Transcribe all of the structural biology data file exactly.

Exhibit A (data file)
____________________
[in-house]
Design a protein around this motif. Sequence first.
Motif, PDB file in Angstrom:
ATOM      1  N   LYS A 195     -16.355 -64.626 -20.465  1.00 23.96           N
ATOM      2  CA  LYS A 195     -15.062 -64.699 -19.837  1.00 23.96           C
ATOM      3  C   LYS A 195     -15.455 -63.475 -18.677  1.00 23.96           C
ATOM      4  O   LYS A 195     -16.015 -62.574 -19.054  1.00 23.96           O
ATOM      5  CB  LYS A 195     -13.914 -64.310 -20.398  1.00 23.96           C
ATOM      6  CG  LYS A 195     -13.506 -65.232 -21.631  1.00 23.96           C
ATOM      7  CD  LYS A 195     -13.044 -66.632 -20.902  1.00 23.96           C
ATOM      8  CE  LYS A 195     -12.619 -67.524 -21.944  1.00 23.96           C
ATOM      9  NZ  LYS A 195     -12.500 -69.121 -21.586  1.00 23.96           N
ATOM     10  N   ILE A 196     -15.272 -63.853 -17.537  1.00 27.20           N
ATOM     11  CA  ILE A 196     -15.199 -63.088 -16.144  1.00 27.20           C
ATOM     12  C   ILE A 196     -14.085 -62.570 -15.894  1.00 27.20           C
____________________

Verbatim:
[in-house]
Design a protein around this motif. Sequence first.
Motif, PDB file in Angstrom:
ATOM      1  N   LYS A 195     -16.355 -64.626 -20.465  1.00 23.96           N
ATOM      2  CA  LYS A 195     -15.062 -64.699 -19.837  1.00 23.96           C
ATOM      3  C   LYS A 195     -15.455 -63.475 -18.677  1.00 23.96           C
ATOM      4  O   LYS A 195     -16.015 -62.574 -19.054  1.00 23.96           O
ATOM      5  CB  LYS A 195     -13.914 -64.310 -20.398  1.00 23.96           C
ATOM      6  CG  LYS A 195     -13.506 -65.232 -21.631  1.00 23.96           C
ATOM      7  CD  LYS A 195     -13.044 -66.632 -20.902  1.00 23.96           C
ATOM      8  CE  LYS A 195     -12.619 -67.524 -21.944  1.00 23.96           C
ATOM      9  NZ  LYS A 195     -12.500 -69.121 -21.586  1.00 23.96           N
ATOM     10  N   ILE A 196     -15.272 -63.853 -17.537  1.00 27.20           N
ATOM     11  CA  ILE A 196     -15.199 -63.088 -16.144  1.00 27.20           C
ATOM     12  C   ILE A 196     -14.085 -62.570 -15.894  1.00 27.20           C